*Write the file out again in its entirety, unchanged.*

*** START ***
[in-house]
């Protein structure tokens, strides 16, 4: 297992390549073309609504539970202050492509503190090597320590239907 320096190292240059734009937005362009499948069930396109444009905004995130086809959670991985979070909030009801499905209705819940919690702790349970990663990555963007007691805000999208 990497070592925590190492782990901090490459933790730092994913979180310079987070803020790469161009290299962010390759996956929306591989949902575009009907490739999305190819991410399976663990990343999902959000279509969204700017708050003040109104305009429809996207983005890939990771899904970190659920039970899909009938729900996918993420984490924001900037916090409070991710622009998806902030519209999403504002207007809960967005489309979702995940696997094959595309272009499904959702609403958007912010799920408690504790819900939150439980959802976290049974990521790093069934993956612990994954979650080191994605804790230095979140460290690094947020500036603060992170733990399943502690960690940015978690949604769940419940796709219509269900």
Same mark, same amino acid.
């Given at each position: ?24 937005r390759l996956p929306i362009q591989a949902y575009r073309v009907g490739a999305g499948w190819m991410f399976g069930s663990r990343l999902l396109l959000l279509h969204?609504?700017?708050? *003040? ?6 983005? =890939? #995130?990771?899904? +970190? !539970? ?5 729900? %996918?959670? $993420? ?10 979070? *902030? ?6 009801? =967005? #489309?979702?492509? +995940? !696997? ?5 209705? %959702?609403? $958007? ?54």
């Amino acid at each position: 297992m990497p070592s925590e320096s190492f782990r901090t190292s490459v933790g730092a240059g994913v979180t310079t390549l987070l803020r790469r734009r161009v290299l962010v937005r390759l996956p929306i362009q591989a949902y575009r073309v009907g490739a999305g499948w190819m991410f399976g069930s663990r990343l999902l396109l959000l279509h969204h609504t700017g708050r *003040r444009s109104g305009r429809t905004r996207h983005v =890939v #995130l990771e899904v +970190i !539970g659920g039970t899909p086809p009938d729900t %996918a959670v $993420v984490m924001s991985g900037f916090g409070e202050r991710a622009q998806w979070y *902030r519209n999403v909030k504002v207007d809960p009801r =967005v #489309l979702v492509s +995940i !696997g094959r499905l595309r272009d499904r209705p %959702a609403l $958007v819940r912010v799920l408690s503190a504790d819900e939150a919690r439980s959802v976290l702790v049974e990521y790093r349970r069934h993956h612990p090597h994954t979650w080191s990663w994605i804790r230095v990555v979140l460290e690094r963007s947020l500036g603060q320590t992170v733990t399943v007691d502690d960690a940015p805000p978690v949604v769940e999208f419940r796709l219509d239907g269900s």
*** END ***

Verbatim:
[in-house]
């Protein structure tokens, strides 16, 4: 297992390549073309609504539970202050492509503190090597320590239907 320096190292240059734009937005362009499948069930396109444009905004995130086809959670991985979070909030009801499905209705819940919690702790349970990663990555963007007691805000999208 990497070592925590190492782990901090490459933790730092994913979180310079987070803020790469161009290299962010390759996956929306591989949902575009009907490739999305190819991410399976663990990343999902959000279509969204700017708050003040109104305009429809996207983005890939990771899904970190659920039970899909009938729900996918993420984490924001900037916090409070991710622009998806902030519209999403504002207007809960967005489309979702995940696997094959595309272009499904959702609403958007912010799920408690504790819900939150439980959802976290049974990521790093069934993956612990994954979650080191994605804790230095979140460290690094947020500036603060992170733990399943502690960690940015978690949604769940419940796709219509269900």
Same mark, same amino acid.
């Given at each position: ?24 937005r390759l996956p929306i362009q591989a949902y575009r073309v009907g490739a999305g499948w190819m991410f399976g069930s663990r990343l999902l396109l959000l279509h969204?609504?700017?708050? *003040? ?6 983005? =890939? #995130?990771?899904? +970190? !539970? ?5 729900? %996918?959670? $993420? ?10 979070? *902030? ?6 009801? =967005? #489309?979702?492509? +995940? !696997? ?5 209705? %959702?609403? $958007? ?54």
């Amino acid at each position: 297992m990497p070592s925590e320096s190492f782990r901090t190292s490459v933790g730092a240059g994913v979180t310079t390549l987070l803020r790469r734009r161009v290299l962010v937005r390759l996956p929306i362009q591989a949902y575009r073309v009907g490739a999305g499948w190819m991410f399976g069930s663990r990343l999902l396109l959000l279509h969204h609504t700017g708050r *003040r444009s109104g305009r429809t905004r996207h983005v =890939v #995130l990771e899904v +970190i !539970g659920g039970t899909p086809p009938d729900t %996918a959670v $993420v984490m924001s991985g900037f916090g409070e202050r991710a622009q998806w979070y *902030r519209n999403v909030k504002v207007d809960p009801r =967005v #489309l979702v492509s +995940i !696997g094959r499905l595309r272009d499904r209705p %959702a609403l $958007v819940r912010v799920l408690s503190a504790d819900e939150a919690r439980s959802v976290l702790v049974e990521y790093r349970r069934h993956h612990p090597h994954t979650w080191s990663w994605i804790r230095v990555v979140l460290e690094r963007s947020l500036g603060q320590t992170v733990t399943v007691d502690d960690a940015p805000p978690v949604v769940e999208f419940r796709l219509d239907g269900s």